My main victims in the Food Day were the coupon inserts. I made an art of quickly flipping through the shiny pages and ripping out coupons I deemed to be possibly useful.
No scissors for me. Scissors are for wimps.
I always had a pile of coupons that needed filing and would take them with me to gymnastics class, where I would sit and file coupons in The Box while watching my three adorable children performing their backward bends and cartwheels.

I always had a box, where the coupons were divided alphabetically by brand names. It was my lethal weapon against the grocery industry. Combining sales at about four different grocery stores with these coupons saved thousands of dollars on groceries over the years. Sometimes it was for survival, and other times it gave me extra money for fun.
The Box was worth more than gold to me and we had some adventures together. One time, I was driving our old Colt Vista and forgot that I had placed The Box on the roof. I happened to look out of the back window as I drove down the street and saw coupons fluttering in my wake. Luckily, it was a quiet street, so I pulled over and made the kids help me salvage as many coupons as we could.
Yes, I was that avid.

The Box was an escape artist, often hiding away in the grocery cart instead of coming home with me. A panicky call to the store would follow and, strangely, there was only one time that it went completely missing.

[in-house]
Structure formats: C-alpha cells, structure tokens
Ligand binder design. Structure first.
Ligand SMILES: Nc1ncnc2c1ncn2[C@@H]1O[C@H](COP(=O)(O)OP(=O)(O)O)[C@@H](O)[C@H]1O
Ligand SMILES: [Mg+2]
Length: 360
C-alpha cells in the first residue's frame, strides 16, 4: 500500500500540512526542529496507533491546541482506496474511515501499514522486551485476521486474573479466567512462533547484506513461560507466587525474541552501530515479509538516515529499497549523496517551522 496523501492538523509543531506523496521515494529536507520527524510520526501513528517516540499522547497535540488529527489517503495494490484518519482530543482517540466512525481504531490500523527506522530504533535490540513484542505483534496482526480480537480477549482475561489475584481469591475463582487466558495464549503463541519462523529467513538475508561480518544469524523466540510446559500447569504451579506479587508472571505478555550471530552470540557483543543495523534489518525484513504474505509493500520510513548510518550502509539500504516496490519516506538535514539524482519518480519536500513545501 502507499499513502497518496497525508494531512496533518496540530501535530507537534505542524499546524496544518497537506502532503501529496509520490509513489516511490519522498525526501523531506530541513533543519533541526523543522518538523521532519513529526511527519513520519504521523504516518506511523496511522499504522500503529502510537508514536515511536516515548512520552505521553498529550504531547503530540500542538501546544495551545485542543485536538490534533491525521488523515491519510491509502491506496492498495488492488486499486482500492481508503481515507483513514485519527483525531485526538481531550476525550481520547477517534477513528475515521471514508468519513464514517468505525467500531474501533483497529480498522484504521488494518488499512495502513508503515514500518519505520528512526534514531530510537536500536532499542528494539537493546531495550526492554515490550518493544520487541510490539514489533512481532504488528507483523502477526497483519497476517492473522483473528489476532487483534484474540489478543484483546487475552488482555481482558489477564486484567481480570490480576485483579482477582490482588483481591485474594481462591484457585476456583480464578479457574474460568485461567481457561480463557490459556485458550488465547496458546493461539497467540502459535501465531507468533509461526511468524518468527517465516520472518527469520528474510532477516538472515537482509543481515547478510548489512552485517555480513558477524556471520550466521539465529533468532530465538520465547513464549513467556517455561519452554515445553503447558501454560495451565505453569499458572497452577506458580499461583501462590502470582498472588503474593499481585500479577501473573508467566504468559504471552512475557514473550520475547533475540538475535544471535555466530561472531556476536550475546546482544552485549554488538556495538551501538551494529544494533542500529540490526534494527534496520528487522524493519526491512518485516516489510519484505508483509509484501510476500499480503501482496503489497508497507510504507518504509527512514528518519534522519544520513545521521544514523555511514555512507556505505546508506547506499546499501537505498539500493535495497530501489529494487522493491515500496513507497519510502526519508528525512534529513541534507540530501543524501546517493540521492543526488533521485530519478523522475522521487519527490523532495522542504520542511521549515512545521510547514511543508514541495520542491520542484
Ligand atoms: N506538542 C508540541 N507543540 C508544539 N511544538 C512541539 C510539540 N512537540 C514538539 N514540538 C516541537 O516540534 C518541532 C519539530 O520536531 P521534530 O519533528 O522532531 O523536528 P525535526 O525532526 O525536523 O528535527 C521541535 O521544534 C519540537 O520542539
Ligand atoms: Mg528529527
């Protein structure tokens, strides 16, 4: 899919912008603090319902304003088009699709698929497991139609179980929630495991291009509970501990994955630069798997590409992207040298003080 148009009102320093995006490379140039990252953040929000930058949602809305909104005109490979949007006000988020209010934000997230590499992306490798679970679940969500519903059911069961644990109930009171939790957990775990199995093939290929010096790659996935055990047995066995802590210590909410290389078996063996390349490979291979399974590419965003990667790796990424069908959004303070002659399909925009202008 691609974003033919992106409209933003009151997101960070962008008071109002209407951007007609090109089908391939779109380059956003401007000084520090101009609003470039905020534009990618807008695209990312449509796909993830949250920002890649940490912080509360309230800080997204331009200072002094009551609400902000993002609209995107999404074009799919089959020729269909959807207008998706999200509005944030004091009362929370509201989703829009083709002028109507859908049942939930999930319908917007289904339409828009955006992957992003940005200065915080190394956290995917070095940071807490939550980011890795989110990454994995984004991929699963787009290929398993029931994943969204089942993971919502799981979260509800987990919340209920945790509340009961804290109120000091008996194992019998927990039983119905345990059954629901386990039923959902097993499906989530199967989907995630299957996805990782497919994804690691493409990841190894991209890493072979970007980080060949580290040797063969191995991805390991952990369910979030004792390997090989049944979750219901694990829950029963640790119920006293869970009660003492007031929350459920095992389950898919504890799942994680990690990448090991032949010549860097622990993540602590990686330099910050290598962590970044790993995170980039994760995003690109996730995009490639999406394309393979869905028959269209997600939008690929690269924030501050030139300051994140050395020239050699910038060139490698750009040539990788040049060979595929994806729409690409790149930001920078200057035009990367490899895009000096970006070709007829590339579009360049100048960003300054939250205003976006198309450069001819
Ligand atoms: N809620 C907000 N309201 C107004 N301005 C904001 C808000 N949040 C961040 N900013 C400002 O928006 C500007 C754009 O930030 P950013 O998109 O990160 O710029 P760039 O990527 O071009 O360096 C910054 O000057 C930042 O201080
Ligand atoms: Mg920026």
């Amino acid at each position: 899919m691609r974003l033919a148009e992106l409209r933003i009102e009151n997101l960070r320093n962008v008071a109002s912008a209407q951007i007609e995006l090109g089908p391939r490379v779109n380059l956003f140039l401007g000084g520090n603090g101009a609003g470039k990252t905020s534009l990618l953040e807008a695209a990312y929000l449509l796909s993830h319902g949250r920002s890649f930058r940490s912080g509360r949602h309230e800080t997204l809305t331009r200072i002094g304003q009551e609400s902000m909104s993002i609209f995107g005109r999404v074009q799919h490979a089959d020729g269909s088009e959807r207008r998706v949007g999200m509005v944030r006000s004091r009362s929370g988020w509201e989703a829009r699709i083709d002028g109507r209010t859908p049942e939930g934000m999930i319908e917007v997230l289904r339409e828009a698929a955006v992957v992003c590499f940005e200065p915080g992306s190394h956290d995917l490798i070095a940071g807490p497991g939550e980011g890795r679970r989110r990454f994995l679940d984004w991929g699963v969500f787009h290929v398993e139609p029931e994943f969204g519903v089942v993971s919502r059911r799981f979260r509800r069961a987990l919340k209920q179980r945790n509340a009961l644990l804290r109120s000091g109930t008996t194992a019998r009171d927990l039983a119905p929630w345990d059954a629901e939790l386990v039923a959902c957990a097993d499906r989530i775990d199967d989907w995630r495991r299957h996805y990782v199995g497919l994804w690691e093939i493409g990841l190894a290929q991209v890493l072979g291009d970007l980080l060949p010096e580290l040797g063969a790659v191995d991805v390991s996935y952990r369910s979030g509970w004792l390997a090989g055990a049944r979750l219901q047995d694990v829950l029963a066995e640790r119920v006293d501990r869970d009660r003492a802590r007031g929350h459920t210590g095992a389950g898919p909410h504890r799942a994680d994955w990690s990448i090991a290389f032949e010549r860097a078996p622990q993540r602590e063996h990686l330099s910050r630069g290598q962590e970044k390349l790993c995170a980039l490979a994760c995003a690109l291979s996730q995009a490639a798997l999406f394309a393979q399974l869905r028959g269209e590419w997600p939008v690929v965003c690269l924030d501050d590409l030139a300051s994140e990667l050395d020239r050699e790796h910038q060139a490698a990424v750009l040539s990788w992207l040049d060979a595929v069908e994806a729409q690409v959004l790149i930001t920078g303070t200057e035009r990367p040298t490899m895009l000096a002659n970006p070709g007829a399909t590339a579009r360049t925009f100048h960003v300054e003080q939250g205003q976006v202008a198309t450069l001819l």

I may have been more than a little obsessed with my bargain hunting and couponing, because one night, when Jeff was angry about something I had done, he threw all of my coupons in the wood stove to annoy me.
True story.
Not to worry, it only took me a couple of weeks to get back to speed.

Store clerks either loved me or hated me. The former would congratulate me on all the good deals I had found and didn't mind using my homemade denim bags. The latter would scowl at the pile of coupons presented to them and wrestle with the denim bags as if they were a personal insult. You read it here: I was using fabric bags decades before it was fashionable.

I loved the challenge of couponing and often visited stores at night when everyone was in bed, just to wander the aisles and see what deals I could find. My friends all thought I was crazy, but I swore that no matter how financially comfortable we became, I would always coupon because I enjoyed it.

Well, here I am, eating my words yet again. I have almost, but not quite, abandoned couponing forever. Not because of our finances, or because I have grown tired of it, but because, like almost everything else these days, it has become overly complicated. It has become fashionable, taken over by bloggers and Extreme Couponers. It is no longer my private battle with grocery conglomerates, but a very public enterprise that requires a smartphone, numerous apps, a large binder, and the ability to read very small print. Nowadays, when I attempt to do battle with the Grocery Machine, I almost always get something wrong and end up having to return items to customer service or shamefacedly run back through the aisles to exchange an item for the correct one while the line behind me waits patiently.

So here it is. The end of an era. I pass the baton willingly to those who enjoy such an enterprise.
You know who you are.
But my denim bags are still going strong.

Thursday, December 25, 2014

Christmas Part 2

If you're keeping track, Christmas Part 1 hasn't been posted yet. We took the kids to Great Wolf Lodge in September as their Christmas gift from us. I am woefully derelict in my postings so that might happen next week year.